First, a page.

teams were, this year, a healthy mix of up-and-coming

youngsters and experienced Six Days regulars.







rust enduro

RUST contributor Tom Sagar decided, after

representing Team GB for many years, that it

was time to fly the flag for Wales! Along with

team-mates Jamie lewis and Jason Thomas,

the trio put in a stellar job all week long,

coming out with second place in Club –

beaten only by a heavily supported Italian

squad of Monni, Facchetti, and Macoritto.

The ‘Welshies’ outrode the likes of USA’s

Cody Webb, competing in his first ISDE, and

SuperEnduro champion Ty Tremaine as well

as a raft of strong French Club teams.

By Day 3, the heat had dissipated and the

08:00 starters were shrouded in a chilly mist.

This made the brand new tests, all of which

were held on grassy fields, slippery and


The assembled crowds were treated to some

spectacular sliding from the World’s best, and

the event finally seemed to be back on its feet

following a rough couple of days. Home

favourites France extended their lead in

Trophy as well as Junior, but the latter had


2017 isde

proved to be less than straightforward as

Italy, USA, and Sweden all threatened to

snatch the Junior crown in the first days of

racing. last year’s winners, Team Sweden,

came into the event with a formidable

line-up including regular EJ frontrunners

Albin Elowson and Mikael Persson, but sadly

Persson became the second Yamaha DnF

on Day 2. The usually upbeat youngster was

clearly devastated and although he spent the

rest of the week helping his team-mates it

was clear to see that he had desperately

wanted another ISDE Junior crown.

There was drama over in the women’s class

too as Australia’s Jessica Gardiner was

forced to ride with a badly broken finger in

order to keep the Aussie girls at the top of

the ranking. Team USA proved to have some

strong new riders in their EW squad but

Gardiner’s efforts allowed Team Oz, along

with the ever-impressive Tayla Jones and

Jemma Wilson, to take an outstanding fifth

Women’s Trophy win.

Crowd fun-ding

By the fourth day things were getting

extremely serious as overnight storms and

constant rain made the going tricky for

everyone. The tests were located around

Uzerche, a town famed for its enduro

history where the French championship

often races. The excitement among the

fans was palpable. Hundreds of bikes rode

out to the picturesque old town and it was

an incredible sight to see the spectators

riding along the same road sections as the

riders, all safely controlled by the local

police, leaving the competitors free to

enjoy their surroundings.

ust enduro

watson & sanders

sealey & soreca

What surprised us at RUST most of all,

however, was the way the locals turned

out in every tiny village along the route.

We had never before seen so many ‘casual’

spectators so keen to catch a glimpse of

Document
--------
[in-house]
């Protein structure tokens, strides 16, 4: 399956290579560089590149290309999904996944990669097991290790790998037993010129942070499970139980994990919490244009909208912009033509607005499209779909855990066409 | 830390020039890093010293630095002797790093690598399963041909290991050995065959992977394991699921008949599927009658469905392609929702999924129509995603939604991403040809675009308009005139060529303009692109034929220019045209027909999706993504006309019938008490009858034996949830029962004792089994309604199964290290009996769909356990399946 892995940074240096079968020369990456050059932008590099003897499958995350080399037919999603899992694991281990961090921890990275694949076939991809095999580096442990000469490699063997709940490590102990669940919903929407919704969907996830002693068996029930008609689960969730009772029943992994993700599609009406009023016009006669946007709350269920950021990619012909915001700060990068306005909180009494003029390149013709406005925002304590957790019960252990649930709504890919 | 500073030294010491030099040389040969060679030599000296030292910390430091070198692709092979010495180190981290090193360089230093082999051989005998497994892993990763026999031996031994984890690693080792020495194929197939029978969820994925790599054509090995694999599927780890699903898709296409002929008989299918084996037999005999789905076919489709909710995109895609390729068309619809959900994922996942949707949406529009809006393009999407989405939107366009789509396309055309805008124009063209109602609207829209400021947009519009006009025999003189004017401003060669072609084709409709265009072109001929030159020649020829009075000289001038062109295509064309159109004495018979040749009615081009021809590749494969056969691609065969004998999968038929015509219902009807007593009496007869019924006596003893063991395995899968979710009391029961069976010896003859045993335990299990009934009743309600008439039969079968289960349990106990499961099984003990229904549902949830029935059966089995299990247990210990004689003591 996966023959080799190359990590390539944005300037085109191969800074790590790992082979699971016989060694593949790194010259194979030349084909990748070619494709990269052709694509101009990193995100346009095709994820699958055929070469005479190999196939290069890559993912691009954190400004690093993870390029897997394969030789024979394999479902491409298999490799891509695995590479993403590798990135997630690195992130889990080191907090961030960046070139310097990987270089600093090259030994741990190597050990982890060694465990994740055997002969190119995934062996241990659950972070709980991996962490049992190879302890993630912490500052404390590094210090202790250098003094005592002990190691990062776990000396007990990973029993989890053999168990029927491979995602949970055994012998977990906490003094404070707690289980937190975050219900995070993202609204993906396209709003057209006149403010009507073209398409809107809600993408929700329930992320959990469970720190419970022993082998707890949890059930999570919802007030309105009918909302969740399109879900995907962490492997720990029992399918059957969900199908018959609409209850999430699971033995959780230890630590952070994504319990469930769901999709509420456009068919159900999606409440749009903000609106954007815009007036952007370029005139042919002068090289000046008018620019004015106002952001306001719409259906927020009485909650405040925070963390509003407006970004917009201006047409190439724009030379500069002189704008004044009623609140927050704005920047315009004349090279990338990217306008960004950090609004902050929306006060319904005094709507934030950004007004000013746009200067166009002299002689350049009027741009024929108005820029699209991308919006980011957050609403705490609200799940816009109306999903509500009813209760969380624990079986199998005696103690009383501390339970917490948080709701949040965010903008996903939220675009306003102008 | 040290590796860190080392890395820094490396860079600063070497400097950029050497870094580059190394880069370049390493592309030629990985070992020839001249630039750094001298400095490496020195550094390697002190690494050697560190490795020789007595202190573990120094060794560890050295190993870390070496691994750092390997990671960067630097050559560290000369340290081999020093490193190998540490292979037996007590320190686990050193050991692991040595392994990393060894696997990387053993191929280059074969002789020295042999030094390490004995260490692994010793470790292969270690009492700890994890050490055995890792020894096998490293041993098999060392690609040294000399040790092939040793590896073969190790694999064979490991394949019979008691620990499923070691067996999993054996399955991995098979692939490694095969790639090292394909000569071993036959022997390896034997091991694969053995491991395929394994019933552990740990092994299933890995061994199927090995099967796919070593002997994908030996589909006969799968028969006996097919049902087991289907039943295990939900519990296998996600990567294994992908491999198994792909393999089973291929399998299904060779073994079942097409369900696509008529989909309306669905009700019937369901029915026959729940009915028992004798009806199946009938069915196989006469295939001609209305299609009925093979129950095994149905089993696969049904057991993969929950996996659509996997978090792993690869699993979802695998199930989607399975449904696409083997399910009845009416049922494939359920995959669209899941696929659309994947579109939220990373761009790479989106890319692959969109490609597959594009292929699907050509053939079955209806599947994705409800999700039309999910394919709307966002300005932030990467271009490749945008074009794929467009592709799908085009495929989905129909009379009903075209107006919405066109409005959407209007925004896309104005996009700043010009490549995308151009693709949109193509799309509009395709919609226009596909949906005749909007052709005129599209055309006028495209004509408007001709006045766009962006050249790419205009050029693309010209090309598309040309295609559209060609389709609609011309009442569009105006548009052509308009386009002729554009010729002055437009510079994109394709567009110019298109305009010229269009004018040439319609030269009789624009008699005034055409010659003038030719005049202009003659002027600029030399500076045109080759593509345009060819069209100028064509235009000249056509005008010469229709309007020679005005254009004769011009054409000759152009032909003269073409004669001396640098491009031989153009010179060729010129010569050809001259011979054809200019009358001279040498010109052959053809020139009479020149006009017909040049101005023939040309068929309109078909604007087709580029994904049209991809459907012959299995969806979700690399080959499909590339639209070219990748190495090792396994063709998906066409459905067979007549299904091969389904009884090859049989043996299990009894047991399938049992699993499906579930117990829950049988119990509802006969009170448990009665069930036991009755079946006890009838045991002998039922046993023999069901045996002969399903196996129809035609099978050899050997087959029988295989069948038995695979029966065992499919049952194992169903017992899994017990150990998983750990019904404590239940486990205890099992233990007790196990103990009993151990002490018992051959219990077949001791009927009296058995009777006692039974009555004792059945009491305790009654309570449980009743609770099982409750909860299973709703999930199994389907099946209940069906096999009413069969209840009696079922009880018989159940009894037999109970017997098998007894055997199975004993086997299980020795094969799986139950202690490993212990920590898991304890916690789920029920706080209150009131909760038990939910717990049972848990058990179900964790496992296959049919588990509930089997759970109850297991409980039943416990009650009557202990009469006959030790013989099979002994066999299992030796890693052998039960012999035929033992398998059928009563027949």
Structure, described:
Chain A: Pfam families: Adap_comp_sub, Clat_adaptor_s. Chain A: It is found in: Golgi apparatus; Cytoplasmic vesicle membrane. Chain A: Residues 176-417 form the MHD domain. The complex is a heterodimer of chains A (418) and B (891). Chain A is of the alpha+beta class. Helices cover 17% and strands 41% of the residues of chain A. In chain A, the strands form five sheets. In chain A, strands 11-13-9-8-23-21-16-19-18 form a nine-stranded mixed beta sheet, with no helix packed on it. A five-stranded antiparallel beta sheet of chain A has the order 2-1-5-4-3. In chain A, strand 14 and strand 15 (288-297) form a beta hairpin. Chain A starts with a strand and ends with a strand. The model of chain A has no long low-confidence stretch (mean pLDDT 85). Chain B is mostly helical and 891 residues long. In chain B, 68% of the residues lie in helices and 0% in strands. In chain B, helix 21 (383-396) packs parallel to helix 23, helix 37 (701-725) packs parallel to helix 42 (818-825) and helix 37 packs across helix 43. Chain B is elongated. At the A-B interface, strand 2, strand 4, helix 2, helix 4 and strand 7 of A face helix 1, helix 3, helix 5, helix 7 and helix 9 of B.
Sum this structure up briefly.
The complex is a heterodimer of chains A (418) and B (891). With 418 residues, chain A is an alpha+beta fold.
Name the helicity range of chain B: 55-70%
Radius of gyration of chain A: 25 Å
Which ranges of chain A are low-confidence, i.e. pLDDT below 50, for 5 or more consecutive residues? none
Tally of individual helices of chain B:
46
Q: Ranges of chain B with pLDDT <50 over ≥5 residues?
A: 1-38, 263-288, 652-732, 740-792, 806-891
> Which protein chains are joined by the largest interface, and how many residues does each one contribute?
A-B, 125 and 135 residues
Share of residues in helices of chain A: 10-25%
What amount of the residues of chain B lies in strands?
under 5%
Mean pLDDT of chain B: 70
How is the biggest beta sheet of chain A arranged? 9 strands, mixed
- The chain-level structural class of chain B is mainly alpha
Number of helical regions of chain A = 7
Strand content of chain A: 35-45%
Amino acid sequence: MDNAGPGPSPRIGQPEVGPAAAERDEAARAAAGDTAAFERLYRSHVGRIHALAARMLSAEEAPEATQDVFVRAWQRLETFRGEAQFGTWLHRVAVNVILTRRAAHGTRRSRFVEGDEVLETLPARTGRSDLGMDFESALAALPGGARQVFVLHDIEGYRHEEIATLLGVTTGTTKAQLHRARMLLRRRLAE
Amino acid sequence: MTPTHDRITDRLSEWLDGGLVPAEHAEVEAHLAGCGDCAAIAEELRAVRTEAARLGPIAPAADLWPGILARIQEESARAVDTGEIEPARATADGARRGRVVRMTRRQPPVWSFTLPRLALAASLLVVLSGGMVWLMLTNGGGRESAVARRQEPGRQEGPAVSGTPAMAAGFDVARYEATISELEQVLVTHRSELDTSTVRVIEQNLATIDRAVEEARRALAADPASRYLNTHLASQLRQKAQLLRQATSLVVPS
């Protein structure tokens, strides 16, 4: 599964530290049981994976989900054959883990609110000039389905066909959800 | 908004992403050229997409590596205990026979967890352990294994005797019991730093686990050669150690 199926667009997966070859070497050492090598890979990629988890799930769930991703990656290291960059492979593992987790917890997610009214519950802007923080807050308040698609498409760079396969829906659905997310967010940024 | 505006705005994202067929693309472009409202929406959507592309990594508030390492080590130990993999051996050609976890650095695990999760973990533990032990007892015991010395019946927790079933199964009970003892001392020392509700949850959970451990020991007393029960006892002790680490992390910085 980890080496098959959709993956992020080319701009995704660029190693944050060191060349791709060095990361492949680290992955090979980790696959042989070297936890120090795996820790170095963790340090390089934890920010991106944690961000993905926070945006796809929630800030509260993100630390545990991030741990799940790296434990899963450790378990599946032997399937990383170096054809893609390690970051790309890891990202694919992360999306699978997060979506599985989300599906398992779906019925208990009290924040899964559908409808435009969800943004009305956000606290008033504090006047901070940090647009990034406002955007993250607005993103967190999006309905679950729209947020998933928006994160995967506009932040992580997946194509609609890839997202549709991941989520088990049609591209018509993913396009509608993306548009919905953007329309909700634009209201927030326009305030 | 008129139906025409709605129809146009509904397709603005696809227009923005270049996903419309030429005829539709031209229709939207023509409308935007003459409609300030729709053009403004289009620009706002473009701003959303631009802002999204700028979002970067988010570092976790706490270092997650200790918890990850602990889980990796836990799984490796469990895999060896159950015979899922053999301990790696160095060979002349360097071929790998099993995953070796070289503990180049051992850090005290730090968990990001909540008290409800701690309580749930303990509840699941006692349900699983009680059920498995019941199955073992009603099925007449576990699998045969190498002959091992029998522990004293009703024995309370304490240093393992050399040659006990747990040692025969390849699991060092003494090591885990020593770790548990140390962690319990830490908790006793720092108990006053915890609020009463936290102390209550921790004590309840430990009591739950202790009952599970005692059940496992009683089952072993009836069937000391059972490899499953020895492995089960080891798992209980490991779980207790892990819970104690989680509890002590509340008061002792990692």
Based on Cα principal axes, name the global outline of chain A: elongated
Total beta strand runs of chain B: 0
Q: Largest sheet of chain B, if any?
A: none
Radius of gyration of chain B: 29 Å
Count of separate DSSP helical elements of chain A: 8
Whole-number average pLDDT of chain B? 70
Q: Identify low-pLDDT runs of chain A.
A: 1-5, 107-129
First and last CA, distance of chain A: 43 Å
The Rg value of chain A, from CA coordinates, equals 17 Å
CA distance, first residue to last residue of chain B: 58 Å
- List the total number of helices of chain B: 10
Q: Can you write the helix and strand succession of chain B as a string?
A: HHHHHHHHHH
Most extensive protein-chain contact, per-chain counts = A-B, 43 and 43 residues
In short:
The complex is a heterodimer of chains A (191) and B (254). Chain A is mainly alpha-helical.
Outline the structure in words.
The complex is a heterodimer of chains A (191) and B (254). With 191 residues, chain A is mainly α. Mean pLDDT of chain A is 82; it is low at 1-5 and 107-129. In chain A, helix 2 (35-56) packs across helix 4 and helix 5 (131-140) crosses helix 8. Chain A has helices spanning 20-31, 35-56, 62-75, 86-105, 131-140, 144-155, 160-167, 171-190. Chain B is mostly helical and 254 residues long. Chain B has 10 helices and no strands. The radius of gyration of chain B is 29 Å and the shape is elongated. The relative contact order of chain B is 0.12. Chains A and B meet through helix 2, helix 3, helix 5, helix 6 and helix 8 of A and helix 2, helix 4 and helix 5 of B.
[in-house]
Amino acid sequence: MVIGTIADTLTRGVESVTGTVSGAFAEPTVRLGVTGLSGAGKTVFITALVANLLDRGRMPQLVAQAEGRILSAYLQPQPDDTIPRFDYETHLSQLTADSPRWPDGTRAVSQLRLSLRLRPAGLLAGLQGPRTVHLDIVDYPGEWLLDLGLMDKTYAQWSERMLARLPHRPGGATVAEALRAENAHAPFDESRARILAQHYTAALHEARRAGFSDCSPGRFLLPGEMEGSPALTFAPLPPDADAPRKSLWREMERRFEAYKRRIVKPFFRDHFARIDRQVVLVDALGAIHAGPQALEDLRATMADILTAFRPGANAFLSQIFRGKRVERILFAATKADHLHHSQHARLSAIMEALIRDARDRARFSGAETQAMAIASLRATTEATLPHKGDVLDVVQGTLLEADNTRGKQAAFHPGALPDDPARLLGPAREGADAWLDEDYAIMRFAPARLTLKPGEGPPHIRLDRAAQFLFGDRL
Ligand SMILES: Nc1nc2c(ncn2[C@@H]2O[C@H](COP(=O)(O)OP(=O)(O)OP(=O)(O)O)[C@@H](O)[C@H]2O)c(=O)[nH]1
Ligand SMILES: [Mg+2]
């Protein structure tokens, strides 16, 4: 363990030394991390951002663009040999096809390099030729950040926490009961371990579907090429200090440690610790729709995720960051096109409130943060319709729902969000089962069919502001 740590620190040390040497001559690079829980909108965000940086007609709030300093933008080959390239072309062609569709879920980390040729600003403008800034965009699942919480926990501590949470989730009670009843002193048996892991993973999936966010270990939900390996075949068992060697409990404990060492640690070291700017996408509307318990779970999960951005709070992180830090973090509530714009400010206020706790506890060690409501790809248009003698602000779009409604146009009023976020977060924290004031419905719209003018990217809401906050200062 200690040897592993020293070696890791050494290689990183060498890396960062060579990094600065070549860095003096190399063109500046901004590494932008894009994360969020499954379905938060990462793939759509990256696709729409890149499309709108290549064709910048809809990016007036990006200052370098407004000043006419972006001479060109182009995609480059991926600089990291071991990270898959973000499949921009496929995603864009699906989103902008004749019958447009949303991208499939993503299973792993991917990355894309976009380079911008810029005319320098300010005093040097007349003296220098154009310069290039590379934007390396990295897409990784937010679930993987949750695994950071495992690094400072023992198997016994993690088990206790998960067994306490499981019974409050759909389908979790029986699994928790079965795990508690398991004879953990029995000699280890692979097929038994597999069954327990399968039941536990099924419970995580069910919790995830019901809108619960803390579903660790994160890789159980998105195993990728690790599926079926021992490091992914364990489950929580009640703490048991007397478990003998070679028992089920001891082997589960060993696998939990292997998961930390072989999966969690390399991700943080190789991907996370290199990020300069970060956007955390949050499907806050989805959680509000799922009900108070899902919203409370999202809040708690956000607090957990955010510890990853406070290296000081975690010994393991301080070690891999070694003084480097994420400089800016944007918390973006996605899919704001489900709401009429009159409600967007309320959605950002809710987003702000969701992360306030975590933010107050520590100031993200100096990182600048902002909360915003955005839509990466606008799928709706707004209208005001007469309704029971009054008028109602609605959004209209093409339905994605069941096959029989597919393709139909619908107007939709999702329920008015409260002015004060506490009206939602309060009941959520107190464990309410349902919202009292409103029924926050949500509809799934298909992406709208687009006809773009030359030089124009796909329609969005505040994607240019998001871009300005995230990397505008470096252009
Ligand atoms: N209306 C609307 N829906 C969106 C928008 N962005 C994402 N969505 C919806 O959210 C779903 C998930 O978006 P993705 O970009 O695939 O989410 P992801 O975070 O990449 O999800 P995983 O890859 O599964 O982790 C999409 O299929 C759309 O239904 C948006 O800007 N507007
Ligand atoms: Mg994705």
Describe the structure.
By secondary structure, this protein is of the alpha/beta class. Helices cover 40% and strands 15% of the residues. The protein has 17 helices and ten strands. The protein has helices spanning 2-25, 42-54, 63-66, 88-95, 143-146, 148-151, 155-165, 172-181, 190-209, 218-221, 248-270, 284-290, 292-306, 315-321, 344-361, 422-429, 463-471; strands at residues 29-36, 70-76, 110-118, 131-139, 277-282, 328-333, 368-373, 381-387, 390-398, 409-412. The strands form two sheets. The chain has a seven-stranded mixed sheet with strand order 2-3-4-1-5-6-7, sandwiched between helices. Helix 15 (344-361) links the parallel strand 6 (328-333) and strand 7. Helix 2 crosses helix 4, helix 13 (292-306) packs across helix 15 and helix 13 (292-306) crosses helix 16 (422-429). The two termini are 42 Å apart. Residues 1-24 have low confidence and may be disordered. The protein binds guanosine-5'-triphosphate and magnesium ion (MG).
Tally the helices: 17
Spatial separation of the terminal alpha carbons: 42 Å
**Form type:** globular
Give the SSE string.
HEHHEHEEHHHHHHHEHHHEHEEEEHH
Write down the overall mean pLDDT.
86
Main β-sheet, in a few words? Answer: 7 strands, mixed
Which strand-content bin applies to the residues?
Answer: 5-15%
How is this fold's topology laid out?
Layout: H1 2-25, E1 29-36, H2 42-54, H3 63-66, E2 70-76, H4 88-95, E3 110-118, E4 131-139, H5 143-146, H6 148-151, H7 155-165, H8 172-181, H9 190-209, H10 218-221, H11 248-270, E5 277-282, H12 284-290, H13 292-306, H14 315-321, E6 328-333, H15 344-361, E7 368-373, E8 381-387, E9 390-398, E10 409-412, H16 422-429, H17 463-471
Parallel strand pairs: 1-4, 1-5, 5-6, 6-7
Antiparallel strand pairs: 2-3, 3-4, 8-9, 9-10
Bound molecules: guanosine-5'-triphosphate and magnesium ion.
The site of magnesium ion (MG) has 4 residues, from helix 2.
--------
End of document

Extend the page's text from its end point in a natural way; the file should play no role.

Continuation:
enduro’s elite. Grannies and tiny children

waited, dotted along the pavements, a

camera in one hand and a French flag in the

other. They had no intention of going to the

tests, but for them, like in the Tour de France,

it was enough just to see the riders pass

through. It added an extremely welcoming

atmosphere to this year’s ISDE.

But despite the support and the familiarity

of Day 4’s stunning tests, there was drama in


2017 isde

store for Team France. Christophe nambotin

began to drop down the order rapidly and

although he tried to downplay the issue at

the end of the day, it was clear he had

injured himself. Another of the ‘walking

wounded’ crew was Australia’s Daniel

Sanders; the laid-back KTM rider ended

Day 4 in severe pain following a knock to

his shoulder. He was unable to change his

tyres and needed help to push his bike into

parc ferme. It was huge news for the event;

two high-profile riders from the two top

teams in the ISDE rankings were down, but

crucially, determined not to be out.

“I’m trying not to think about it,” said

Sanders. “They told me they saw some

bone sticking out, but I told them to strap

it up; we’re not giving up now!”

Young Turks

These stories of heroics crop up frequently in

the ISDE, and it’s always inspiring to see. But

every year the event also unearths new and

exciting talent, or simply shows how strong

the current crop of youngsters are. In 2017,

Josep Garcia built on the phenomenal form

he’s had all season, and although the

Spaniard can now almost be counted as a

‘Senior’ at 20 years of age, he once again

shocked and surprised Six Days fans. On

home turf last year Garcia topped the E1

class and finished third overall, and despite

having the World Enduro 2 title to consider

this year, he ‘scratched’ two days of racing,

snatched first in E1 once again, and went

one better to finish second overall.

Other EnduroGP regulars such as Albin